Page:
This is the video clip of Type 9 from understandingpersonality.com, the last one in the series. Viewing this from my perspective as an 8, I was keenly aware of being impatient at how slowly the keywords appear in the beginning and how many times the people being interviewed pause.
“Oh, get on with it,” my inner voice nearly shouted. Then I stopped and took a deep breath.
While 8s visibly expend their energy, 9s expend their energy internally. If you didn’t know that, you might wonder why they are the ones who are so tired. But I get that being a 9 can be exhausting. And I thought this was the most profound statement:
There’s a moment where you stop adapting.
You can almost feel this woman letting go. Ahhhh.
of all the types that have crystalized for me, nines i misunderstand the most.
2:50 to like 3:10 helped. The pause, the dreamy gathering of thought… I think it helped.
I was introduced to enneagrams in the spring, have done a bit of reading since then, and am convinced I am a 9. This brief clip describes me very well, and helps confirm my belief.
Until recently, I have strongly avoided standing out. finally, I have reached the “moment when 9s quit adapting” . One way I am being myself and standing out is the large tattoo (11″ x 5″) on my back that was started about a week ago.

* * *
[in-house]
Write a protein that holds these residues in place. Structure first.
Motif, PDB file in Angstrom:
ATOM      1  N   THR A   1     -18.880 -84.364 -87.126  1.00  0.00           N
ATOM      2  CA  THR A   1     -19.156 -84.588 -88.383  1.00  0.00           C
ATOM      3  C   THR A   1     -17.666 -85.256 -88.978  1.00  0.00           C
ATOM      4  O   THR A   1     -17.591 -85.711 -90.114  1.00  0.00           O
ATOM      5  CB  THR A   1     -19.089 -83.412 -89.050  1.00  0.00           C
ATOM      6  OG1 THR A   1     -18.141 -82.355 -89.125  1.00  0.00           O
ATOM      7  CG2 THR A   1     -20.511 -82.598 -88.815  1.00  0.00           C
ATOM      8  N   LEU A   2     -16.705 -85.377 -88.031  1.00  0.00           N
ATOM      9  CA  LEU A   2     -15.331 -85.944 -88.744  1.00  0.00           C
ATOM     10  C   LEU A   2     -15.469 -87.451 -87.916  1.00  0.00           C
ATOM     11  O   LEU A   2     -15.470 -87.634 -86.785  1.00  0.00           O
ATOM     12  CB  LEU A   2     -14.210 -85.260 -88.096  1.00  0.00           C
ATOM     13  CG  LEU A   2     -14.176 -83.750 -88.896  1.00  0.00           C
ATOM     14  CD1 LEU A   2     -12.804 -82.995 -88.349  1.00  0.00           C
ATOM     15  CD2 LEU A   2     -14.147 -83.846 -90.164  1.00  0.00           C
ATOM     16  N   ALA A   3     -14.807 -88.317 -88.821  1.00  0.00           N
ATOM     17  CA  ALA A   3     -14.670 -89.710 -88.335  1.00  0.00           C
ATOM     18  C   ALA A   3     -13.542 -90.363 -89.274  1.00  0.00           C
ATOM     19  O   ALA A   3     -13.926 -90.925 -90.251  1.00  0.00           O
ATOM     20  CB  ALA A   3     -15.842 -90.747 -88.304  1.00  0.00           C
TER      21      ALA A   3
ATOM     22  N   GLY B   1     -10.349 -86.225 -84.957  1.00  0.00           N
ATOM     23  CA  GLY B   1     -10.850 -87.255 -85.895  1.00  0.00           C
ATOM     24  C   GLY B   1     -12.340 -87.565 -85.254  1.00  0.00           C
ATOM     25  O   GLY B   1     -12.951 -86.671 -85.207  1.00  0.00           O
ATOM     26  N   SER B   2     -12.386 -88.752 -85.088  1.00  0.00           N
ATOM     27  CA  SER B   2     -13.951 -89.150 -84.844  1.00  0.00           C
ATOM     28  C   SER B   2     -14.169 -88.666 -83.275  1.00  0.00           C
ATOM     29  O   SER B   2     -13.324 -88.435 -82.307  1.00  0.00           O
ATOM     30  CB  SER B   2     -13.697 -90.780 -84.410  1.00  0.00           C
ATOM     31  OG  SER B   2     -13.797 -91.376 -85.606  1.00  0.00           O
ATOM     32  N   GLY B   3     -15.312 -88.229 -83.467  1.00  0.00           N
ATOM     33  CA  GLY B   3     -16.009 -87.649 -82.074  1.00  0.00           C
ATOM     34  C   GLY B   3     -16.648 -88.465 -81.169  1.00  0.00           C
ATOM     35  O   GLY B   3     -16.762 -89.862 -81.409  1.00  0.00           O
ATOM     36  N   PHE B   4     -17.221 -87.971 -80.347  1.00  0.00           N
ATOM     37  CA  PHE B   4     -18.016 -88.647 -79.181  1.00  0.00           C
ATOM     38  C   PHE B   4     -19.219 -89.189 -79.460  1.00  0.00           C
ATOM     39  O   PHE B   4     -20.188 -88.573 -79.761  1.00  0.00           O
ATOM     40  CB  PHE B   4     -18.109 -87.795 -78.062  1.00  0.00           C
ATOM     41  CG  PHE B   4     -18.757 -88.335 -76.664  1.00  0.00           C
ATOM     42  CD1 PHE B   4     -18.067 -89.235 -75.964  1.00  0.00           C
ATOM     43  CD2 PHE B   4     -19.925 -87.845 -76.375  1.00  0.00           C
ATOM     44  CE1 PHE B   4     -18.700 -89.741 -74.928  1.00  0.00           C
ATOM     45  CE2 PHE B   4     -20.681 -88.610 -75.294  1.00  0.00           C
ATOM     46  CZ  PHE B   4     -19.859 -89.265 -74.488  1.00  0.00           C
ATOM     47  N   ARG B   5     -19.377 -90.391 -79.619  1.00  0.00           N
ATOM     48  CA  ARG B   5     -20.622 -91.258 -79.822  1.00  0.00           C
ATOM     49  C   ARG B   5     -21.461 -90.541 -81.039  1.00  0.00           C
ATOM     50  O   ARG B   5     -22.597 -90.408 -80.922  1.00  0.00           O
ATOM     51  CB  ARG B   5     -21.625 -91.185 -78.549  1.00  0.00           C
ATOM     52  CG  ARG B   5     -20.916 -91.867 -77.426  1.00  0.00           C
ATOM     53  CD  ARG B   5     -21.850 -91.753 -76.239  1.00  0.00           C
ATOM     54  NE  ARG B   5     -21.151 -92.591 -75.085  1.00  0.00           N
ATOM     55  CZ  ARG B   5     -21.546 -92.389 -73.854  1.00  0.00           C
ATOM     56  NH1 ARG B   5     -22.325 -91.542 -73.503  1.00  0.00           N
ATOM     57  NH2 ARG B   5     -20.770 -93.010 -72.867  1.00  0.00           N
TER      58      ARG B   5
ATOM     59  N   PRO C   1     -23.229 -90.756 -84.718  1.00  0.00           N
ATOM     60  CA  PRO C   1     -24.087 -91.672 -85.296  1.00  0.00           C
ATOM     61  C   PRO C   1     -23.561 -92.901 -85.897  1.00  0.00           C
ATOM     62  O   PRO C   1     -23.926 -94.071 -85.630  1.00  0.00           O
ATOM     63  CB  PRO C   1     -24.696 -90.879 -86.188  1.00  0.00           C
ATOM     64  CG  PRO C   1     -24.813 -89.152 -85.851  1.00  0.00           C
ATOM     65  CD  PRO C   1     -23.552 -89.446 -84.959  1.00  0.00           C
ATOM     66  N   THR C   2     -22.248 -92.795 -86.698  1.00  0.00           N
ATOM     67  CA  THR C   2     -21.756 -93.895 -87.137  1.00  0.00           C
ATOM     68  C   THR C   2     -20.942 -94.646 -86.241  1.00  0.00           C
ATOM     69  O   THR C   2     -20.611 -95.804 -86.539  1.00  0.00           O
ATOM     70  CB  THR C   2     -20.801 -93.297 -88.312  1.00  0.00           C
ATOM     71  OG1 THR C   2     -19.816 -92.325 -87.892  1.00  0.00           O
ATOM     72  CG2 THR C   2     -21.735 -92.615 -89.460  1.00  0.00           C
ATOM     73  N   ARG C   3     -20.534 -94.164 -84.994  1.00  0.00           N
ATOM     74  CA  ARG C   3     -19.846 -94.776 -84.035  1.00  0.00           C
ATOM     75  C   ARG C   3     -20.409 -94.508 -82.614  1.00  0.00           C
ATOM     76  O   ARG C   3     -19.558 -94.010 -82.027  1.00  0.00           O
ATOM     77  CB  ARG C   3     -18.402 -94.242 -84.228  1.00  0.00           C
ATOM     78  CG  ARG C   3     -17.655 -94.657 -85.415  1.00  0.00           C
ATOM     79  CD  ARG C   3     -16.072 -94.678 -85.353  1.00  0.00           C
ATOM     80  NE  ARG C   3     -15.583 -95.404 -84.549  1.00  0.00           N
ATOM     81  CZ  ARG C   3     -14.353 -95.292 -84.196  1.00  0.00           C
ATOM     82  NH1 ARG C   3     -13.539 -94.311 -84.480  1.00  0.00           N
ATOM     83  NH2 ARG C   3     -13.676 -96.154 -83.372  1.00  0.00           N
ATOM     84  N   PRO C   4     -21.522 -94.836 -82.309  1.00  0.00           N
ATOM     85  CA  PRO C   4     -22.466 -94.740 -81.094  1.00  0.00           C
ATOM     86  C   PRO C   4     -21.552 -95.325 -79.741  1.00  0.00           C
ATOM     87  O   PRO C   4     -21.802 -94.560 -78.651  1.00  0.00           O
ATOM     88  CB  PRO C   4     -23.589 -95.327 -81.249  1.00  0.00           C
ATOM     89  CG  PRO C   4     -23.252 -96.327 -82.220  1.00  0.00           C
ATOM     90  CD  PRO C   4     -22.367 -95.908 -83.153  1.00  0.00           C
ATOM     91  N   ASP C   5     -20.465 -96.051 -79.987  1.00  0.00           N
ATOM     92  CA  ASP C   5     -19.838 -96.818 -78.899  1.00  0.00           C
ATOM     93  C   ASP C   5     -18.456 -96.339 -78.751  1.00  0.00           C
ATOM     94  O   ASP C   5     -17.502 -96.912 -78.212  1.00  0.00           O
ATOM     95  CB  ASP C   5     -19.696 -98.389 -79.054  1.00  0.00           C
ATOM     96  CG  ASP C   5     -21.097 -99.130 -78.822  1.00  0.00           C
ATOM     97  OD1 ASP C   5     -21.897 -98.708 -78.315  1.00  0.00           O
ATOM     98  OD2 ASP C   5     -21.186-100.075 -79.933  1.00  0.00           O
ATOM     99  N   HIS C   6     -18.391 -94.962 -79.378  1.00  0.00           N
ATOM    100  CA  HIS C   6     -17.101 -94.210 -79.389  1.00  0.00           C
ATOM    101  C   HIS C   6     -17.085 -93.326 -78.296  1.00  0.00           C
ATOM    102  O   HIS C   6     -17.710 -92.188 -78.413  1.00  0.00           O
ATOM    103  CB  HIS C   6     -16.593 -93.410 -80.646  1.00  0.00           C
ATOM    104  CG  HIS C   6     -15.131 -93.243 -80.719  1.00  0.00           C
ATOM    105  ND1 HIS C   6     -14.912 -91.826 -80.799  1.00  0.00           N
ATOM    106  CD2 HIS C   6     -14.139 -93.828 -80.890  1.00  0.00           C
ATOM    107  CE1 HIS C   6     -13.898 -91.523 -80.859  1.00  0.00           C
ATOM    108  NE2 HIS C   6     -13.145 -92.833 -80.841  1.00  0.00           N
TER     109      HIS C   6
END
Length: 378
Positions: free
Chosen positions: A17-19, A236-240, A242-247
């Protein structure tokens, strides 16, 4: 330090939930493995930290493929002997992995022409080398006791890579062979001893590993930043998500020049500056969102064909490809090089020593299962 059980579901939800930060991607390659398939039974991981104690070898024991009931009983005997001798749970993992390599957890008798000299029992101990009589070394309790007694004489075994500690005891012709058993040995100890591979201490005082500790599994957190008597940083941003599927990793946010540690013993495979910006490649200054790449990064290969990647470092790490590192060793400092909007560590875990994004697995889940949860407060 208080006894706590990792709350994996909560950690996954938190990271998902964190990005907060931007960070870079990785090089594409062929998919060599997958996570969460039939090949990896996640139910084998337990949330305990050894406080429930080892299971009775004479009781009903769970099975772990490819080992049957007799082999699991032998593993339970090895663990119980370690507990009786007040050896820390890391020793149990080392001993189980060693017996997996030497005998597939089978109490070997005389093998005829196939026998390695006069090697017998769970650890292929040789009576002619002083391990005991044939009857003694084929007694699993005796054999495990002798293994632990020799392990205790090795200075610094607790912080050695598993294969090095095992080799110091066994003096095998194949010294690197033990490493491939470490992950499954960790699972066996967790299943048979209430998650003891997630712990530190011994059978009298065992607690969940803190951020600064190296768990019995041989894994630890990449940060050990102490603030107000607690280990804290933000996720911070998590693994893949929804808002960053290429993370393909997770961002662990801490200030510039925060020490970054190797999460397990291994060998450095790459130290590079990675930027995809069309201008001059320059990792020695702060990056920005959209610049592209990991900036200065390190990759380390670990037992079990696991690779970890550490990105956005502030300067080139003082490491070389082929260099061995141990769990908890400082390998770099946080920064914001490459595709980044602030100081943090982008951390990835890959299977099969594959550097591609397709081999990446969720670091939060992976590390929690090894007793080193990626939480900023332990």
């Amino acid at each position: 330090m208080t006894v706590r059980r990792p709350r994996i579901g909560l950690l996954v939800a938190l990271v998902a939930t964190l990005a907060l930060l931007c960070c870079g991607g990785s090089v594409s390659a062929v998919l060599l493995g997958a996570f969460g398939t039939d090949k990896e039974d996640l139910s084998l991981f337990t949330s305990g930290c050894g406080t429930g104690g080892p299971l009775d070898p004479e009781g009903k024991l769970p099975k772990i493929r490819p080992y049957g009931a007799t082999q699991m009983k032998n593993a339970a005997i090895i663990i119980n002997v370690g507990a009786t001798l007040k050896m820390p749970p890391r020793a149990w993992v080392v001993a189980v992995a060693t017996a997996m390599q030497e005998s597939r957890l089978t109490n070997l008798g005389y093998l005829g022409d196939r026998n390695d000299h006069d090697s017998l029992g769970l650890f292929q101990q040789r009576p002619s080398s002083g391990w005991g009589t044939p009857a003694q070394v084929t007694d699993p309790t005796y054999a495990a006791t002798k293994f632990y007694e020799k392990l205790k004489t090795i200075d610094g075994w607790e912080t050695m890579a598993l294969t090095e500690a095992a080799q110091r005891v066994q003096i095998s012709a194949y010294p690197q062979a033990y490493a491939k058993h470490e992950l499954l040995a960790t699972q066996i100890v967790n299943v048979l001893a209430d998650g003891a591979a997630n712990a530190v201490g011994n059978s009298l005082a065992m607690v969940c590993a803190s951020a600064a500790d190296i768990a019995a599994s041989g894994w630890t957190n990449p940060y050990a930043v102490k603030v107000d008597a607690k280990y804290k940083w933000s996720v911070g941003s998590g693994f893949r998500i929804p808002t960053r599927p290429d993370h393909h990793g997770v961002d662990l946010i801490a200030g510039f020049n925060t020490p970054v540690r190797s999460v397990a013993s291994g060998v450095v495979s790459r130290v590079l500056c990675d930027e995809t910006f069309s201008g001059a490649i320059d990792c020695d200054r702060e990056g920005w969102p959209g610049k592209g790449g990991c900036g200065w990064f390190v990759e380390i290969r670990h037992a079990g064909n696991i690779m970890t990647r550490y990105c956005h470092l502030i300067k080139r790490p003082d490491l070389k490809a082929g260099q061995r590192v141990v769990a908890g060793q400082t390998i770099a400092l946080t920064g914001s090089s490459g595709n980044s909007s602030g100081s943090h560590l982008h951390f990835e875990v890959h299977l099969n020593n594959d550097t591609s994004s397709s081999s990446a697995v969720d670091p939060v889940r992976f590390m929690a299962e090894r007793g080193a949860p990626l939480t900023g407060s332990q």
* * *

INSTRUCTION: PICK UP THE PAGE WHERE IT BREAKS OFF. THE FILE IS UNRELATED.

The video clip says that 9s have a strong capacity for love and compassion. The tattoo is of 3 red lilies on a pond. The reason I chose red lilies is the color symbolizes love and compassion. I guess I chose the right tattoo.
This is the first time I have visited Nine Paths and the video clip on the home page is about Type 9. Coincidence? Yea, right…………
I applaud your tattoo! If you’ve reached that moment when 9s quit adapting, you might want to click on the Fatal Flaws page at the top and check out “Embrace Your Inner Troublemaker.” 🙂
I think the Enneagram is amazing! Thanks for checking 9Paths out.
“My Inner Troublemaker” describes (hopefully described) me beautifully. I remember talking to my former wife one day, telling her I was a sensitive guy and that my feelings were easily hurt. She responded that she didn’t realize that (we were married 32 years), she thought I was an easy going guy and everything just rolled off of me.
I have made great strides embracing my inner trouble maker. There are people who are surprised at the current me, some even unhappy about it. But I will continue to embrace mi inner troublemaker, and be more authentic in my speech and actions.
It’s interesting how people tend not to like it when we change. That’s one of the things that can keep people stuck. So more power to you in embracing your inner troublemaker. It can be fun to be less predictable and easygoing.